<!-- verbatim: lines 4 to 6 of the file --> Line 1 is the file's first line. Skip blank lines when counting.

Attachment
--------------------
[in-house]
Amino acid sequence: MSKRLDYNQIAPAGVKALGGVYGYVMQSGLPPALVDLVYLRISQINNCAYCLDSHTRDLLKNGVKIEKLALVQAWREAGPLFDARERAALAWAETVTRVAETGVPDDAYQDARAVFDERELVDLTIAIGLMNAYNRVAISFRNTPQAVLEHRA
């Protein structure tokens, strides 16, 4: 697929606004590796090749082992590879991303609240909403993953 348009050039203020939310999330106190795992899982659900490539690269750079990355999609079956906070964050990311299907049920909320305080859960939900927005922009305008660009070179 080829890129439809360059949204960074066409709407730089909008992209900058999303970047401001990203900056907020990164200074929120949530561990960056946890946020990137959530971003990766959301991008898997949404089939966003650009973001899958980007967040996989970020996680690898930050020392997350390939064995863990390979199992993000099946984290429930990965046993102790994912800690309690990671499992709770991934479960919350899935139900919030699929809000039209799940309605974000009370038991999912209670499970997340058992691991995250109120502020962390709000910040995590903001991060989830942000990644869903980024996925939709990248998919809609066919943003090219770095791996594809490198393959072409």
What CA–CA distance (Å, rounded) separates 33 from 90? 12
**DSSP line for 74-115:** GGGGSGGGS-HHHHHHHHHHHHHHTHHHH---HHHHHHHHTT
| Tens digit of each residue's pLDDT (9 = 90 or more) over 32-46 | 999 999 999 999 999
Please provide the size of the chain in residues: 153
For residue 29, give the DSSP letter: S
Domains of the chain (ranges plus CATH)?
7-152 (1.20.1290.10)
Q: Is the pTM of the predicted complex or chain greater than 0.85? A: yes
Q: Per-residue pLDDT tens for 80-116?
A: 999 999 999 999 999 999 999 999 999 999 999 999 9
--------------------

What CA–CA distance (Å, rounded) separates 33 from 90? 12
**DSSP line for 74-115:** GGGGSGGGS-HHHHHHHHHHHHHHTHHHH---HHHHHHHHTT
| Tens digit of each residue's pLDDT (9 = 90 or more) over 32-46 | 999 999 999 999 999